Workplace Discrimination, Harassment & Wrongful Termination: Federal

Don't let injustice go unsettled!
Employee Rights Law entitles you to a be free from unlawful workplace discrimination, harassment, retaliation and wrongful discharge. If you have been a victim of abuse at work, our experienced NYC & NJ employment lawyer can help you.

Federal Laws
Title VII - is a federal law that applies to employers with 15 or more employees/workers. Title VII makes it unlawful for an employer to discriminate against harass, retaliate against or otherwise abuse an employee/worker based on race, ethnicity, color, religion, sex, gender, or national origin.
Unlawful job actions may include, but are not limited to, discrimination in hiring, firing and promotions; race/ethnicity harassment, discrimination & retaliation; sexual harassment, pregnancy discrimination; religious discrimination; and other workplace abuse. Sex based abuse may also include discrimination, harassment and retaliation based on LGBTQ+ status, sexual orientation, gender/sex identity and transgender status. Unlawful employment practices may also include discrimination, harassment and retaliation against victims of domestic violence, date rape and/or sex assault.
Section 1981 - is a civil rights law that applies to employers, irrespective of their number of employees. Section 1981 prohibits race, color and ethnicity discrimination, harassment and retaliation.

Other human rights laws such as the Equal Pay Act of 1963, the Lilly Led better Act of 2009 and the Pregnancy Discrimination Act prohibit discrimination, harassment and retaliation based on sex/gender.

The Americans with Disabilities Act (ADA) - applies to employers with 15 or more employees/workers. The ADA prohibits discrimination, harassment and retaliation against workers with disabilities, including disabled employees who have requested reasonable accommodations and/or medical leaves, and employees with psychological and learning disabilities. See Our Webpage Americans with Disabilities Act (ADA).

The Family and Medical Leave Act (FMLA) - is a federal law that applies to employers with 50 or more workers. The FMLA prohibits employers from discriminating against, harassing and retaliating against employees because of their medical leave(s) or medical leave entitlement. The FMLA also prohibits employers from interfering with a workers’ ability to take medical leave. New York City and New Jersey also provide medical/health leave protections. See Our Webpage Family and Medical Leave.

If you think you have been a victim of wrongful treatment at work, call our experienced New York & New Jersey employee rights lawyer.
New York & New Jersey State or City Laws

The New York State Human Rights Law ("NYSHRL"), New York City Human Rights Law ("NYCHRL"), and New Jersey State Human Rights Law (“NJSHRL”), also protect workers from employment discrimination, workplace harassment and retaliation based on age, pregnancy, race, sex, gender, disability, national origin or other legally protected classification. Under the NYSHRL, NYCHRL, and NJSHRL, it is unlawful to discriminate against individuals when hiring for a job, while on the job, or if an employee has filed a complaint of discrimination.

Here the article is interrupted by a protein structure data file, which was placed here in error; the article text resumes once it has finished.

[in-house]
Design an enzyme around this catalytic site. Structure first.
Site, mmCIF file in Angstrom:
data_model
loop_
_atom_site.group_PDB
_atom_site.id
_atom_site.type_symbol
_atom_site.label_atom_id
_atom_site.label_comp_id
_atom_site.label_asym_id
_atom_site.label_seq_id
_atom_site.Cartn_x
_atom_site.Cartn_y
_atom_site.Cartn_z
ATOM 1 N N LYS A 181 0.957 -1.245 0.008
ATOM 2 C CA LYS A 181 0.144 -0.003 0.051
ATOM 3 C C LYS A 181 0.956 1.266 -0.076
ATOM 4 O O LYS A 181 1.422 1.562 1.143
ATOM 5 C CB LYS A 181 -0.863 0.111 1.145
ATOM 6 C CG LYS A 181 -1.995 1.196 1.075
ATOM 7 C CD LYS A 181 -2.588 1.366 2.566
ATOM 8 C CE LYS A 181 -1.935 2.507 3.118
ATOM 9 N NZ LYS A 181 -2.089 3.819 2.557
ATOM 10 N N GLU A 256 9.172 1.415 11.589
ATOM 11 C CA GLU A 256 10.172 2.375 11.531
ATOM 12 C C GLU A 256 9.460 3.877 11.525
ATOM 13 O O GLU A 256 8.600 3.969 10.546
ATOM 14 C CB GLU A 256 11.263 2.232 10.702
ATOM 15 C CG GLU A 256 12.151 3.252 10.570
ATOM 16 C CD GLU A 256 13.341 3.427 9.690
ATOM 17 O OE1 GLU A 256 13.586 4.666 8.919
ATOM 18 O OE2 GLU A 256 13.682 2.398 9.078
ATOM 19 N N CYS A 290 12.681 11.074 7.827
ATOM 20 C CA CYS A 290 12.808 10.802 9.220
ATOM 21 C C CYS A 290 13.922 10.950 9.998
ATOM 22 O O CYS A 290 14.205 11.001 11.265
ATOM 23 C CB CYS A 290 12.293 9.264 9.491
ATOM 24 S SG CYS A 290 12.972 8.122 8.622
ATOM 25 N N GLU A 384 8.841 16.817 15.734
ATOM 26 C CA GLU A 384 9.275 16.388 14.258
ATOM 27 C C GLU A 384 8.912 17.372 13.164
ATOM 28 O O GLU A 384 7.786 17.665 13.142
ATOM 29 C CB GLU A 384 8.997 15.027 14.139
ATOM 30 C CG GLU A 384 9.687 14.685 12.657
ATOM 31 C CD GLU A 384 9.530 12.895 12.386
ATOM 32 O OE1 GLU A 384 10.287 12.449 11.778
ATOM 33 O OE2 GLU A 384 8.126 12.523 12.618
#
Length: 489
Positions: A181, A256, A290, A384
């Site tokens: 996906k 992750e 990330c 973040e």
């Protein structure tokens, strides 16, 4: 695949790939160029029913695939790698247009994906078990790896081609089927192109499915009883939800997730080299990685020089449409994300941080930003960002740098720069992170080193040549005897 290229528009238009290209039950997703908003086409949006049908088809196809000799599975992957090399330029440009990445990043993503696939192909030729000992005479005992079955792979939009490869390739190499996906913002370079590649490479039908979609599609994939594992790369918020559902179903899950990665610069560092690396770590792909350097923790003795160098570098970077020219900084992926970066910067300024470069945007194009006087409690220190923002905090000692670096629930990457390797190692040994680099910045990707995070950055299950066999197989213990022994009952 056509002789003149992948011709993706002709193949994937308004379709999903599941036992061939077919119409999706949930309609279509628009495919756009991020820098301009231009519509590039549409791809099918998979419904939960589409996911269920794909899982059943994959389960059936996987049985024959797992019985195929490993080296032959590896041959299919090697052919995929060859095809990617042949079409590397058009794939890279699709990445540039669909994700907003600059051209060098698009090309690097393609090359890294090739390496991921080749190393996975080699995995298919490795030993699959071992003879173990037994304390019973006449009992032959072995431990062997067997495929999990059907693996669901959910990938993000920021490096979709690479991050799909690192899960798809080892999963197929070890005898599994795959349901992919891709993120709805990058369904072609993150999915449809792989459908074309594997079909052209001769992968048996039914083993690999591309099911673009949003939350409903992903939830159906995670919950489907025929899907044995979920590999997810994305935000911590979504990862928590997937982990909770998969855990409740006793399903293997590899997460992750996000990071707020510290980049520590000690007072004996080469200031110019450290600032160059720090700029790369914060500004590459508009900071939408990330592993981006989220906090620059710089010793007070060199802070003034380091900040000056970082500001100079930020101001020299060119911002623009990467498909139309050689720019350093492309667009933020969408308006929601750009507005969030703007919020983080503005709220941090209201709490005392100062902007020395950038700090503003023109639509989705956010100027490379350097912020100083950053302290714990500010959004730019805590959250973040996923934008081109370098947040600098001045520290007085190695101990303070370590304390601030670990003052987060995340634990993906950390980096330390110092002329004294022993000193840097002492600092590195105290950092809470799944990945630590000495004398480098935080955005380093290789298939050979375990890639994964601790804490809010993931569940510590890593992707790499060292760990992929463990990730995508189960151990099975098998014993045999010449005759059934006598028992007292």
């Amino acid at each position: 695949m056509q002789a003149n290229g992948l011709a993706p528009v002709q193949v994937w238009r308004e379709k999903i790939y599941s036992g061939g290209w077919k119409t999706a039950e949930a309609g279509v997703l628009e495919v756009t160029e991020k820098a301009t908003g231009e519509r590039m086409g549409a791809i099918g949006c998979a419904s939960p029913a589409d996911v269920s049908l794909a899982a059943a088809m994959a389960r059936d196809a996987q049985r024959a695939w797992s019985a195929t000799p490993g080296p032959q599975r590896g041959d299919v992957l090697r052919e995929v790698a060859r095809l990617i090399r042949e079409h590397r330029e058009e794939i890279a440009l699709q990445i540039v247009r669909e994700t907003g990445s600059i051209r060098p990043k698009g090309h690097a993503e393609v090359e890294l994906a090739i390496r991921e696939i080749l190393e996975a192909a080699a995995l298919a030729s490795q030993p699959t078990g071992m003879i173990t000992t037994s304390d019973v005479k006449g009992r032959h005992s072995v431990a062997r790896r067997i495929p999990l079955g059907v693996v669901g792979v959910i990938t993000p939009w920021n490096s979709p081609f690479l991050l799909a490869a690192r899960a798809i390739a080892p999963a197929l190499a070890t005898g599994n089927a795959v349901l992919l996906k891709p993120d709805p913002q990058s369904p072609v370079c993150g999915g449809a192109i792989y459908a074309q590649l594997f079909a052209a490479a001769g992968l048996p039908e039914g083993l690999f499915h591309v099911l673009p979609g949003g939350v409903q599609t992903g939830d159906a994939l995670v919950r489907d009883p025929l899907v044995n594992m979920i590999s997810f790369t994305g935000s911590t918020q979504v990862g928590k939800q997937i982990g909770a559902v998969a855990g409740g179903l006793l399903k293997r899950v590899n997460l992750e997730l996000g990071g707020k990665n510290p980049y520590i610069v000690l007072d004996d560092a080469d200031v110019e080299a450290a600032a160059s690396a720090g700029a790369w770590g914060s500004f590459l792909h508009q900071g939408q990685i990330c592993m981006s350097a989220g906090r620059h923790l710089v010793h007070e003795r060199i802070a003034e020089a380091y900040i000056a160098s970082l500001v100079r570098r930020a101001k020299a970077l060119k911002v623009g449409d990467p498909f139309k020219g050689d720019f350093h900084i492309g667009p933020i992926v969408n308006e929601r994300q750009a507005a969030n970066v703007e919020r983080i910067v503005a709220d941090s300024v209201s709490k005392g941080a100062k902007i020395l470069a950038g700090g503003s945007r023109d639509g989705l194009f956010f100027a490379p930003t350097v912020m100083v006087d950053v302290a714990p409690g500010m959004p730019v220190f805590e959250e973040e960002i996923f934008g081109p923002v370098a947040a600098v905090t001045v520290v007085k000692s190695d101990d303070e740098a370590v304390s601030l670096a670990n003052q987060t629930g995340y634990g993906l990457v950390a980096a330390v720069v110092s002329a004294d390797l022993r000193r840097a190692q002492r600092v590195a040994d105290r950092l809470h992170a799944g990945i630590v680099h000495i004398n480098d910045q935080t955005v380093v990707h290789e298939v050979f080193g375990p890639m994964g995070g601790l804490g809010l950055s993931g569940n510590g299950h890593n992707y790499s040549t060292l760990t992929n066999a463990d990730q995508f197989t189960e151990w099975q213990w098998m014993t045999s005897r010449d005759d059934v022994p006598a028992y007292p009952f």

The NYS, NYC, and NJS laws prohibit a broader class of discrimination, harassment and retaliation than the federal law (Title VII), including protecting against discrimination and harassment based on sexual orientation, marital status, military status, and other specified classes.

The New York City and New Jersey State law also bars workplace harassment, discrimination and retaliation based on citizenship status, physical/mental disability, arrest record, and victim status (of offenses such as domestic violence and stalking), as well as protecting against workplace abuse because of a person's association with a member of one of the legally protected classifications.
The City law also has one of the broadest anti-retaliation provisions of any law in the United States. In order to have a claim of retaliation under the New York City or New Jersey State law, an employee must complain about workplace discrimination or harassment based on age, pregnancy, race, gender, sex, national origin, disability or other legally protected classification. The employee need have only a good faith, reasonable belief that he or she is being discriminated against, and proof that such discrimination actually existed is not required.

Individual supervisors may also be sued under New York State and City law, as well as New Jersey State law, under certain circumstances. Independent contractors may also be protected.

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